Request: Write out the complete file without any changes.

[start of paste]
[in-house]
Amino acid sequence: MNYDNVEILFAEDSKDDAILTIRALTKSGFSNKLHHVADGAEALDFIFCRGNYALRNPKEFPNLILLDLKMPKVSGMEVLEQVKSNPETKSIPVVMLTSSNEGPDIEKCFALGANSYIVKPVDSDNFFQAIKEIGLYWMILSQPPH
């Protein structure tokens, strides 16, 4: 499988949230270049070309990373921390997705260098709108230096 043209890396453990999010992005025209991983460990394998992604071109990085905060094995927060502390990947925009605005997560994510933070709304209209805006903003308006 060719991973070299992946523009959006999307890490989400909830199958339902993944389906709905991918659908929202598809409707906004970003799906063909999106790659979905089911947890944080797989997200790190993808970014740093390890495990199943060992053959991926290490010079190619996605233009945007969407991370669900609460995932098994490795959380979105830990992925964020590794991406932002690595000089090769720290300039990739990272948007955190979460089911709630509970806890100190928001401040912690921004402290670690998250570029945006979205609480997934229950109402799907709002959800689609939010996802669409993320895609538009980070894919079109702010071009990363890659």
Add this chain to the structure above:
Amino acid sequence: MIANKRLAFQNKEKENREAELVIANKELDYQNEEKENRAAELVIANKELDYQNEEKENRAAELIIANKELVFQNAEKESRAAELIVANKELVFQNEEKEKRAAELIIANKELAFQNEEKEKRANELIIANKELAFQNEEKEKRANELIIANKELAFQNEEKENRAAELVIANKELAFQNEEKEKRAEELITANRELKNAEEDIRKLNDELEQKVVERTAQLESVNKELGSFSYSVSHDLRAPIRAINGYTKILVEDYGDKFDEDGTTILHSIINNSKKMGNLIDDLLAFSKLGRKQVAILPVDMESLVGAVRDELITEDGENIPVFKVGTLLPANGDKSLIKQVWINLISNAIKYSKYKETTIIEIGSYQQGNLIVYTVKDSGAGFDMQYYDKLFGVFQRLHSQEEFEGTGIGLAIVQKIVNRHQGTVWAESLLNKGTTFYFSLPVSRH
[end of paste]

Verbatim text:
[in-house]
Amino acid sequence: MNYDNVEILFAEDSKDDAILTIRALTKSGFSNKLHHVADGAEALDFIFCRGNYALRNPKEFPNLILLDLKMPKVSGMEVLEQVKSNPETKSIPVVMLTSSNEGPDIEKCFALGANSYIVKPVDSDNFFQAIKEIGLYWMILSQPPH
């Protein structure tokens, strides 16, 4: 499988949230270049070309990373921390997705260098709108230096 043209890396453990999010992005025209991983460990394998992604071109990085905060094995927060502390990947925009605005997560994510933070709304209209805006903003308006 060719991973070299992946523009959006999307890490989400909830199958339902993944389906709905991918659908929202598809409707906004970003799906063909999106790659979905089911947890944080797989997200790190993808970014740093390890495990199943060992053959991926290490010079190619996605233009945007969407991370669900609460995932098994490795959380979105830990992925964020590794991406932002690595000089090769720290300039990739990272948007955190979460089911709630509970806890100190928001401040912690921004402290670690998250570029945006979205609480997934229950109402799907709002959800689609939010996802669409993320895609538009980070894919079109702010071009990363890659």
Add this chain to the structure above:
Amino acid sequence: MIANKRLAFQNKEKENREAELVIANKELDYQNEEKENRAAELVIANKELDYQNEEKENRAAELIIANKELVFQNAEKESRAAELIVANKELVFQNEEKEKRAAELIIANKELAFQNEEKEKRANELIIANKELAFQNEEKEKRANELIIANKELAFQNEEKENRAAELVIANKELAFQNEEKEKRAEELITANRELKNAEEDIRKLNDELEQKVVERTAQLESVNKELGSFSYSVSHDLRAPIRAINGYTKILVEDYGDKFDEDGTTILHSIINNSKKMGNLIDDLLAFSKLGRKQVAILPVDMESLVGAVRDELITEDGENIPVFKVGTLLPANGDKSLIKQVWINLISNAIKYSKYKETTIIEIGSYQQGNLIVYTVKDSGAGFDMQYYDKLFGVFQRLHSQEEFEGTGIGLAIVQKIVNRHQGTVWAESLLNKGTTFYFSLPVSRH